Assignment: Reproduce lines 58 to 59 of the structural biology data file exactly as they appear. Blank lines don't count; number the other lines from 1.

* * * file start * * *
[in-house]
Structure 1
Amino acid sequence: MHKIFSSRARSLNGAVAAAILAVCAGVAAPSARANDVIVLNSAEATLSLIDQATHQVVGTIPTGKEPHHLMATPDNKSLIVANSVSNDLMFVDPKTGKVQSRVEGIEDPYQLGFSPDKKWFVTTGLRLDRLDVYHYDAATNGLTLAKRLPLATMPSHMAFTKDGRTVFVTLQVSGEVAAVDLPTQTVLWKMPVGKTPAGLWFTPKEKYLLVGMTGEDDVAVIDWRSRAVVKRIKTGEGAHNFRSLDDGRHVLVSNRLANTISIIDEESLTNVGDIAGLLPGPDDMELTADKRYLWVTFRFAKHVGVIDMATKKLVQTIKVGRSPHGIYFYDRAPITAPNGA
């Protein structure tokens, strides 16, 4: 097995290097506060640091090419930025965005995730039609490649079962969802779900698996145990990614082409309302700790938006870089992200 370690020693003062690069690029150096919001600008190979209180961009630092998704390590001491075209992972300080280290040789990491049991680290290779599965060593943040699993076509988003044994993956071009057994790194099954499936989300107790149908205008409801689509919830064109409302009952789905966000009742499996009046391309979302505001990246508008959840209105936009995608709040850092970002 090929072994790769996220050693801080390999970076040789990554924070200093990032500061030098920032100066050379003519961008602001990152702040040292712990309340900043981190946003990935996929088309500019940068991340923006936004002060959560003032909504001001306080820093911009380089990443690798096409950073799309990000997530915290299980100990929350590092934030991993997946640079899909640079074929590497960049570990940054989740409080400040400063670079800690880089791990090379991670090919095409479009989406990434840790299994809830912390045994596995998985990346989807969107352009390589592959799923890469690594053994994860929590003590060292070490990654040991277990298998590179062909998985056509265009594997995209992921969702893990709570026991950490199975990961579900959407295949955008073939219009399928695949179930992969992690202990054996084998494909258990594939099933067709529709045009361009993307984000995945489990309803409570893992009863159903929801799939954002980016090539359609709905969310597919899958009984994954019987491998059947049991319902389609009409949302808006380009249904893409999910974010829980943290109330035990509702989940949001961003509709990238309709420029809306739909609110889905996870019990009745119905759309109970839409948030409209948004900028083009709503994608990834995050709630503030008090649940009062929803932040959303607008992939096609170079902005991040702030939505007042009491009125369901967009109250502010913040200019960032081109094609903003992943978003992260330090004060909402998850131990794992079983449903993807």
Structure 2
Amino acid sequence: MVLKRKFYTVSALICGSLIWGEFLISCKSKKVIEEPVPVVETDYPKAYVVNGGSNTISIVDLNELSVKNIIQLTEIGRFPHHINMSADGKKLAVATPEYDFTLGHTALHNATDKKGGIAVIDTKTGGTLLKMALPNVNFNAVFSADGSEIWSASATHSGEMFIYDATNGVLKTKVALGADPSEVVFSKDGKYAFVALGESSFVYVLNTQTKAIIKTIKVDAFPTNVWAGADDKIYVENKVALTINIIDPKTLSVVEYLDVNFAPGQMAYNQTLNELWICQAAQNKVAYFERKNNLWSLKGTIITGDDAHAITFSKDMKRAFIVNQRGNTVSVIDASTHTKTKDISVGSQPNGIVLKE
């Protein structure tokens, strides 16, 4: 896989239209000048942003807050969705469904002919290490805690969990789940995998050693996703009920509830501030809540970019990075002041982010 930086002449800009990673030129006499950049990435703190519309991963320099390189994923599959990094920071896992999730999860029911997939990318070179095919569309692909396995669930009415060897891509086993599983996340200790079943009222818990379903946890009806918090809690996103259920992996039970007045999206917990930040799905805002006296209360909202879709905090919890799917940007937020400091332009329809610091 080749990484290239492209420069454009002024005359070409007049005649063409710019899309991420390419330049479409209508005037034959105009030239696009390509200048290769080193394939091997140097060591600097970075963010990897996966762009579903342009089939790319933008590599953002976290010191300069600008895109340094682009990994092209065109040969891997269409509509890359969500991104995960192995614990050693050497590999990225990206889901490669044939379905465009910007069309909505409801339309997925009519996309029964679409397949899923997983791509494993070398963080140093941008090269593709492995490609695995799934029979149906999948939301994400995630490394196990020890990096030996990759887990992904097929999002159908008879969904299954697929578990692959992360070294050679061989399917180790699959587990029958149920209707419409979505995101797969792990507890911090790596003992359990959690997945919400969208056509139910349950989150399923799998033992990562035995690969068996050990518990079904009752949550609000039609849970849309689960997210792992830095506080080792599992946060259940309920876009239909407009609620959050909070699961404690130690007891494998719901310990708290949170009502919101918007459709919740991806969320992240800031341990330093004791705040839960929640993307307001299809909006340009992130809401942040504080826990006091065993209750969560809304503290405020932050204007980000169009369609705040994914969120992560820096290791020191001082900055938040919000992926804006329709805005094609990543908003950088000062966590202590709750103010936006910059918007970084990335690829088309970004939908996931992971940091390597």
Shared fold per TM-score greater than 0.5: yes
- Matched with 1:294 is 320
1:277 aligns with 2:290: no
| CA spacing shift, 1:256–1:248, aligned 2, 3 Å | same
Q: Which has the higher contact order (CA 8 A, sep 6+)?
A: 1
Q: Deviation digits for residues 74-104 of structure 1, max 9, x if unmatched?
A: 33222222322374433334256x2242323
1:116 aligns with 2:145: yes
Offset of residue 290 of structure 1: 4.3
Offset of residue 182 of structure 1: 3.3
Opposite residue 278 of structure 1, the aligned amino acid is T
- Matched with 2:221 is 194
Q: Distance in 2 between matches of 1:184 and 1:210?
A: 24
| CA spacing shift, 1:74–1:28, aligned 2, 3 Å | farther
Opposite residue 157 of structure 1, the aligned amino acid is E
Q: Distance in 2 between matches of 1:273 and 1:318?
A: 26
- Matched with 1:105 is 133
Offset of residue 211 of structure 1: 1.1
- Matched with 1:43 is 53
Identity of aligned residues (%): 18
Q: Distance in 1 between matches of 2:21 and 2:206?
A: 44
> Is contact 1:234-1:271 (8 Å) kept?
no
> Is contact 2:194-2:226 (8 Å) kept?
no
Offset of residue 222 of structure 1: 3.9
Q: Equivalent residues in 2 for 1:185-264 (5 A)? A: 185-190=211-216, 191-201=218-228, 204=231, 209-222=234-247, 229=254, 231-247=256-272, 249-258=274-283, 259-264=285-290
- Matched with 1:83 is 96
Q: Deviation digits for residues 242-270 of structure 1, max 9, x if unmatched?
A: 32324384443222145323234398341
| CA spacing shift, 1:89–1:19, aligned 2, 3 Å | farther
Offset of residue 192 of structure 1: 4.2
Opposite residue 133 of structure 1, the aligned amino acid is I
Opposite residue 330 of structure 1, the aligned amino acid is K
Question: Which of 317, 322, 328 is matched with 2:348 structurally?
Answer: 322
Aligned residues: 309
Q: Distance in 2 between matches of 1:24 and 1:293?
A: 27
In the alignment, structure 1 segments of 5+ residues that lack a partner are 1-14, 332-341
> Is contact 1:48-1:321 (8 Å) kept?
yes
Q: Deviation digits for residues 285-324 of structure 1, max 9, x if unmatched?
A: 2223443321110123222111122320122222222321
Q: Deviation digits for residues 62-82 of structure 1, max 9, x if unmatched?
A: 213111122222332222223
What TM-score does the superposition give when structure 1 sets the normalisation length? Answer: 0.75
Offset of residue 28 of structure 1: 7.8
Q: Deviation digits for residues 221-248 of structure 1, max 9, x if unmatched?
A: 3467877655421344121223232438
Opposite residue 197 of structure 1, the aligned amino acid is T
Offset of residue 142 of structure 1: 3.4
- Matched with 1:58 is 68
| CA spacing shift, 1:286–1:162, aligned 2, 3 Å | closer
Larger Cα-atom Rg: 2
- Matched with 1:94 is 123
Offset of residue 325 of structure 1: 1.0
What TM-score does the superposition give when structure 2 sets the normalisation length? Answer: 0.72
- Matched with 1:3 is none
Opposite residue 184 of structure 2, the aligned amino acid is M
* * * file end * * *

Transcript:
What TM-score does the superposition give when structure 1 sets the normalisation length? Answer: 0.75
Offset of residue 28 of structure 1: 7.8